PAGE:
“Thus when I arrived in Banff National Park after my Stone’s sheep study, groups of enthusiastic amateurs had long known somehting that professional zoologists were not quite conscious of: namely, that wild, unhunted animals can get along with man in a fashion reminiscent of the Biblical paradise.”
“Have you ever sat on a mountainside and observed a ram graze below you, watched the ram finish feeding, then look up and come to you, paw a bed that sedns the dust and pebbles striking your legs, and then lie down beside you? There you sit, the cunning hunter and the cunning prey, while the wind plays genlty with your hair, and is heavy eyes blink, ready for a little nap. The clouds move past overhead adn their shadows play in the valley, the grasses rustle in the breeze, and the eagle soad past along the slope below both of you. The creature resting beside you is as free and wild as the mountains that nourish it. It can choose to leave yo, but it does not. For the moment, it prefers your company.”
He gained insights as a result: “some of my concerns were rather mundane, such as checking if chronological age, as determined from dates of tagging, did coincide with age rings on the horns. It did. I could demonstrate to my satisfaction that the sheep were exceedingly loyal to their seasonal home ranges and reappeated at the same seasons each year in the very same places. I could show .. that rams moved between the female groups. Thus the female sheep in a group were largely related by maternal descent. The scientific discoveries pale, however, beside the recollection of the individuals I came to know for a few years of their short lifves. Some were shy individuals who waited a logn time before they decided to come to me. … Others, in particular the females, became exceedingly tame, and stuck their noses into everything – my pockets, my rucksack, my camera lenses, and even my cameras if I had to change film… (p221)”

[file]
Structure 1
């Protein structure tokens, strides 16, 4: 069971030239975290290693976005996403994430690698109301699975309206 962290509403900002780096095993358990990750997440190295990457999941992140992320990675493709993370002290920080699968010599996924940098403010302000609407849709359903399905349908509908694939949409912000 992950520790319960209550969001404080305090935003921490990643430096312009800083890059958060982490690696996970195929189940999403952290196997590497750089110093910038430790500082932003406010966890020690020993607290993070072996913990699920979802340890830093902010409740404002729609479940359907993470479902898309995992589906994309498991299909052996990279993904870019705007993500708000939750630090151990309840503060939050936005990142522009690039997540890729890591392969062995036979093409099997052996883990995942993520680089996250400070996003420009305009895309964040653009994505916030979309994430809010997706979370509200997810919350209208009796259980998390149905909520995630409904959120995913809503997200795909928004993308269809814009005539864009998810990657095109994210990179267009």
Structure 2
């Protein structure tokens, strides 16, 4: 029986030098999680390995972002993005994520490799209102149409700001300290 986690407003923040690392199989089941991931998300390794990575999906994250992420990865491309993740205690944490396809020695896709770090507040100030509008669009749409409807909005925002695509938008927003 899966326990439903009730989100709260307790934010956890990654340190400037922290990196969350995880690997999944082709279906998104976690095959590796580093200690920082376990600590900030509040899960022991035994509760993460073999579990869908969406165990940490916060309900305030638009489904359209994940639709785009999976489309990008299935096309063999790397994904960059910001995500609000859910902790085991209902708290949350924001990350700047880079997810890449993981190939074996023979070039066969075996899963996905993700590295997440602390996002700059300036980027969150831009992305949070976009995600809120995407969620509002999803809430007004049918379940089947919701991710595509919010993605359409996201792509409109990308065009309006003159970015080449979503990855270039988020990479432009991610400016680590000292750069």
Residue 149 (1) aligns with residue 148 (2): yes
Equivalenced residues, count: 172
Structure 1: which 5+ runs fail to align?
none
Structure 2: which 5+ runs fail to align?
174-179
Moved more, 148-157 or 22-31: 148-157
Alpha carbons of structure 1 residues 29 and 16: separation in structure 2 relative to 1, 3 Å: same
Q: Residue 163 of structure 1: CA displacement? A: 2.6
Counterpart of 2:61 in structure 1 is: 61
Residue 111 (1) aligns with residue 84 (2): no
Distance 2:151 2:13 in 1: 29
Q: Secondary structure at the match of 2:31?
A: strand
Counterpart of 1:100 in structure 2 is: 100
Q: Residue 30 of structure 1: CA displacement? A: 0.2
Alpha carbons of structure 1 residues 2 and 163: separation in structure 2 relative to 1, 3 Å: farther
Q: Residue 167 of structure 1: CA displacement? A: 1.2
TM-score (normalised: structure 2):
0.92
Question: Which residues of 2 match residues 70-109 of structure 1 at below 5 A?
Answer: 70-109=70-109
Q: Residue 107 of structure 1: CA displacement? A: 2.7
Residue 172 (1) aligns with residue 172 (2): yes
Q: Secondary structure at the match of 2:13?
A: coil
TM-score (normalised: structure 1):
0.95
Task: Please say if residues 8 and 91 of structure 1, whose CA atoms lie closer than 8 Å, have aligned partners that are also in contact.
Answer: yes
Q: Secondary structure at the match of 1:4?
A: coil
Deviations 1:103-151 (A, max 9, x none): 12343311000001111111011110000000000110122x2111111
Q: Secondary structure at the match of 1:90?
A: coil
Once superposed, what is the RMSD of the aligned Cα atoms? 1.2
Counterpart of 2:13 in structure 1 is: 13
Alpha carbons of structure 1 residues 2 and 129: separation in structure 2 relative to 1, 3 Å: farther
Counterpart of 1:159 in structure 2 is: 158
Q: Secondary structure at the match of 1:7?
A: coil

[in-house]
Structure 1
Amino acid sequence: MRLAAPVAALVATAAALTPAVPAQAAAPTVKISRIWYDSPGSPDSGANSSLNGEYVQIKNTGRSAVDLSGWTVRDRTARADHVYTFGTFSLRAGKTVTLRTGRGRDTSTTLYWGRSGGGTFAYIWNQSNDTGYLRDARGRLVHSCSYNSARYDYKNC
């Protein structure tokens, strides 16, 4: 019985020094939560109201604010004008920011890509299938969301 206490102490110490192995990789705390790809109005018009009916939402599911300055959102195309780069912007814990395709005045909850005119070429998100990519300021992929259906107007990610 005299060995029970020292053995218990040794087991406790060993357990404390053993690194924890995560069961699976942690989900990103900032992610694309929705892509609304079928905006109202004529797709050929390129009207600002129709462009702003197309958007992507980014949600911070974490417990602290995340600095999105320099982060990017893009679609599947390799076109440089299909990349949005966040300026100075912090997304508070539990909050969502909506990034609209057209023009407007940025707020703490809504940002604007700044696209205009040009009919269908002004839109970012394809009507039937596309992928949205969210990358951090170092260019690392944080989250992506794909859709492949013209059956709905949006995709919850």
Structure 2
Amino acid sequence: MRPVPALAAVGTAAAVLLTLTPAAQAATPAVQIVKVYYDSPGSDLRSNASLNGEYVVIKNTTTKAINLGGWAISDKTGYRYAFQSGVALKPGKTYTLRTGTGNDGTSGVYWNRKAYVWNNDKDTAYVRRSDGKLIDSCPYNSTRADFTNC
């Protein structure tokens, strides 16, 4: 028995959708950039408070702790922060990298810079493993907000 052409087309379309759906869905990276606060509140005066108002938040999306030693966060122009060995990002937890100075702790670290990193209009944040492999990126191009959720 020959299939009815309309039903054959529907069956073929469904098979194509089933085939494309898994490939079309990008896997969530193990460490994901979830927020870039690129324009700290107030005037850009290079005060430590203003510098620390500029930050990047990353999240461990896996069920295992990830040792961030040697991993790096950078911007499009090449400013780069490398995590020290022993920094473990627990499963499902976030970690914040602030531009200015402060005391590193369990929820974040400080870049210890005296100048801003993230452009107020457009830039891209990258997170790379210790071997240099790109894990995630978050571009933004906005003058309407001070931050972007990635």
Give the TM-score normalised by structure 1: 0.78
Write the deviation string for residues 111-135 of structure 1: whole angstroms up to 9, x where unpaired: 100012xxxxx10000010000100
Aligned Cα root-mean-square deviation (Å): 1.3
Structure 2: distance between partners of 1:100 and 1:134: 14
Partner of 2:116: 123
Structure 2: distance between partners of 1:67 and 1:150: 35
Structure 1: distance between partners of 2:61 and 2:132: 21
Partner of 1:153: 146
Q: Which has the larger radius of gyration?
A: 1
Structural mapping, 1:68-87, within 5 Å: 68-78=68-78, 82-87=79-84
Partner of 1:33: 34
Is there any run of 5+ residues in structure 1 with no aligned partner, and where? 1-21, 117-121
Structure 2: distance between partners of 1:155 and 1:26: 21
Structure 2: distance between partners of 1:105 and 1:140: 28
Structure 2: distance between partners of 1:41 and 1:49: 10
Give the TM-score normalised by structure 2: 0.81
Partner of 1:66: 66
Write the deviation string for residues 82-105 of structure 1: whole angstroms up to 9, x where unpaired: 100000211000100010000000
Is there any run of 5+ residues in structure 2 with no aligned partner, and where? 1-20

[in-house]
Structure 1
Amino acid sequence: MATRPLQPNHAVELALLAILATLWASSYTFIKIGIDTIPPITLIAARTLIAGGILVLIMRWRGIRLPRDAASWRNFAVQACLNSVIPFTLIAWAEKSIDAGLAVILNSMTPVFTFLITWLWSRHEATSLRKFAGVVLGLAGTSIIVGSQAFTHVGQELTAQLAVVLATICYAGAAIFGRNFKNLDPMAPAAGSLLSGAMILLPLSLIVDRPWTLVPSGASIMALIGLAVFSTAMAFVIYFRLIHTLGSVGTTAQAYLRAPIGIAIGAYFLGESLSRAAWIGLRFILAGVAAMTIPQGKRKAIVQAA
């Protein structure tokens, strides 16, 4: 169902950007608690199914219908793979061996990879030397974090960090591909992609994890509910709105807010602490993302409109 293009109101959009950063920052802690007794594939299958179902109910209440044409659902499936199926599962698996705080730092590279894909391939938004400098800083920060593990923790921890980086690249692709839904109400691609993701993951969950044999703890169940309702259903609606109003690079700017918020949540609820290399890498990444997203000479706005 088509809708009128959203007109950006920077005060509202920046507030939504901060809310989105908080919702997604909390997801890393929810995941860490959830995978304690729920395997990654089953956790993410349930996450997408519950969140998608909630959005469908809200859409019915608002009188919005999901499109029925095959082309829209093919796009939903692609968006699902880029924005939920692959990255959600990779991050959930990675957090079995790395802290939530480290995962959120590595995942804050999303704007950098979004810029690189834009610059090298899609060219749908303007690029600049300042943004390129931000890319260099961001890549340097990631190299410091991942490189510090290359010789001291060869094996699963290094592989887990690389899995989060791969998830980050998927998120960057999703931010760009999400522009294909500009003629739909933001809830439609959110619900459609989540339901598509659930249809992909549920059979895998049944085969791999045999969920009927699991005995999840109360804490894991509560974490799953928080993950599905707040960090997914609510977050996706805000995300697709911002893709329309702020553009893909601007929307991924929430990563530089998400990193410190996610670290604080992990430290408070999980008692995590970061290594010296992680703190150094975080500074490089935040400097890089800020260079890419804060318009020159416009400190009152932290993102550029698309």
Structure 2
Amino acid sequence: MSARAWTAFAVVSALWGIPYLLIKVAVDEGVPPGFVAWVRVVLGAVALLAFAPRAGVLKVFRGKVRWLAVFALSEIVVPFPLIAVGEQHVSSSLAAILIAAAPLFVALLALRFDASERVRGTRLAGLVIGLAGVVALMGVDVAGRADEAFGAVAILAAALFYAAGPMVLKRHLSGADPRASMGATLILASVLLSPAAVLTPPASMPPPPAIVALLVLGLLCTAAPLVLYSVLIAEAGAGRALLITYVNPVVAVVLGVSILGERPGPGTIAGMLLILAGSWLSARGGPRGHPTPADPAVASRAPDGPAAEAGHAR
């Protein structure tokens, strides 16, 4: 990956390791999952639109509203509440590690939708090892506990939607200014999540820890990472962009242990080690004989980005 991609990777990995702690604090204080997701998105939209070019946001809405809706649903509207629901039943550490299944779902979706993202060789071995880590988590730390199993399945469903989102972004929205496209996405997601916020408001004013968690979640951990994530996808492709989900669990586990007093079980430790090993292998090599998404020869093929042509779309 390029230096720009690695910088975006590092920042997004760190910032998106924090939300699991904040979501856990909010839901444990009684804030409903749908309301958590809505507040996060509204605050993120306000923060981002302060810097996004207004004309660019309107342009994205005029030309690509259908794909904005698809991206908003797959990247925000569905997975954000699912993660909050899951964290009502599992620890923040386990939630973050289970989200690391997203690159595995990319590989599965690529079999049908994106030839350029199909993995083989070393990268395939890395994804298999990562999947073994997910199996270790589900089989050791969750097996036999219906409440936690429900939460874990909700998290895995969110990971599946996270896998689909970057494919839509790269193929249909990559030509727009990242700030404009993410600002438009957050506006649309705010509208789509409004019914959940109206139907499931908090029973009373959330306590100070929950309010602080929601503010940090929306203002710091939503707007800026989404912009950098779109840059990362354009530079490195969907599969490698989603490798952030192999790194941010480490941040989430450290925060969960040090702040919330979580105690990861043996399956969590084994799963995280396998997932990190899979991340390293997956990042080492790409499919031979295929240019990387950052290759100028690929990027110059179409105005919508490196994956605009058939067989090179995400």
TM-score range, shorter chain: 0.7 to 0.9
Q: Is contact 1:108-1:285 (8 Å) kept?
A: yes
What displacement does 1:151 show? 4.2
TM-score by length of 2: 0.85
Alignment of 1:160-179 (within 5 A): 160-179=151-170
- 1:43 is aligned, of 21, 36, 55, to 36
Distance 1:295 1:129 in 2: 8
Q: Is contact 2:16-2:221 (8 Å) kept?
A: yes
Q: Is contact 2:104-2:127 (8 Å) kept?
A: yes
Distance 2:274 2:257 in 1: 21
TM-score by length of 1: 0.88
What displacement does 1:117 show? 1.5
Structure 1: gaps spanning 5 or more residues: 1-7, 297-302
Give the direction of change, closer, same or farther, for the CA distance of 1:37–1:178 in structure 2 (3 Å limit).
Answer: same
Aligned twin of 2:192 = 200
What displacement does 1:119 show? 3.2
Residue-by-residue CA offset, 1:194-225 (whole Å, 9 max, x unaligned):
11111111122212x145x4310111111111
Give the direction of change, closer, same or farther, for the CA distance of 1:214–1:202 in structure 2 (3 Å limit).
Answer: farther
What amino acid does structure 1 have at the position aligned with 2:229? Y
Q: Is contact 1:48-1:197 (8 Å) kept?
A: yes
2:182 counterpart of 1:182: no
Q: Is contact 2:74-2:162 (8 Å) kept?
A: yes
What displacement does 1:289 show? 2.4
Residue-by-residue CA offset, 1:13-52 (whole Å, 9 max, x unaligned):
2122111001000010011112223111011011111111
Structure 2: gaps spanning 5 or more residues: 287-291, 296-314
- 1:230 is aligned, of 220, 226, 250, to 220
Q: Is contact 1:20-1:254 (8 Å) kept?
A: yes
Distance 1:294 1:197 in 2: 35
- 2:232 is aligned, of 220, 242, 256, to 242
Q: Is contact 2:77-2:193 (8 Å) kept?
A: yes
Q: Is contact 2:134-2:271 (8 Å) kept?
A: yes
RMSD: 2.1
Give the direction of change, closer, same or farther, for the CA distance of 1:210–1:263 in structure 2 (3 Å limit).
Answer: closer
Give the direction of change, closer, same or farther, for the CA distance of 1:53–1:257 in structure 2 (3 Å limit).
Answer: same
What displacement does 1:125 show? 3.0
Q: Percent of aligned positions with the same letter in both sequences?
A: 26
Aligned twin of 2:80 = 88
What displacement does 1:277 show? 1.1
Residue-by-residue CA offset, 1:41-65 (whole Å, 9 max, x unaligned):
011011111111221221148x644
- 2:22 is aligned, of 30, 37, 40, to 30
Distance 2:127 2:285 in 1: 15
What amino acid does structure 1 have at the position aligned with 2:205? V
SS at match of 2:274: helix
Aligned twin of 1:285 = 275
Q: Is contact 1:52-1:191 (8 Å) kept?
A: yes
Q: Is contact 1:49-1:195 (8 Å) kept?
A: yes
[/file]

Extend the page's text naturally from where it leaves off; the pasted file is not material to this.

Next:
In concluding paragraphs, when he leaves the mountains, he asks “Think of the carbon, nitrogen and water cycles. Is there not poetry, no art, no philosophy in them? have they no dimensions beyond the scientific ones? Do they not say something about the stuff that forms me, which the I gave shape to. They say that the me has been eternal and will be so, whichever way we define eternal. … Me cycles and recycles; I comes and I goes. Me is my link to eternity; I to the present. I is my link to mysteries past and mysteries future. The land is in me and of me….”
A Cheviot Gimmer won the day, with a Blackface Ram in second place. There were many contenders.
Shetlands: the sheep come in the same tones as the judge’s jumper.
Small enough you can pick them up. Submission and sleep, rumination.
Zwartbles: have collars and leads.
Blue-faced Leicester: the ram draws attention. “Like a cow! enormous!”
Texels: She is eating grass, lying down, gentle, timid. “They look like a dog!”
I take a closer look at Jessie Jacob and her relatives
Using Jacob Sheep Society breeding Standard notes, I start to see them as a carefully cultivated product. What does ‘upstanding’ mean in a sheep?
“the head should be clear of wool forward of the horns”
“Mottled skin and wool is undesirable”
Well, I think she is lovely …
Finally she comes to have a look at me – and pisses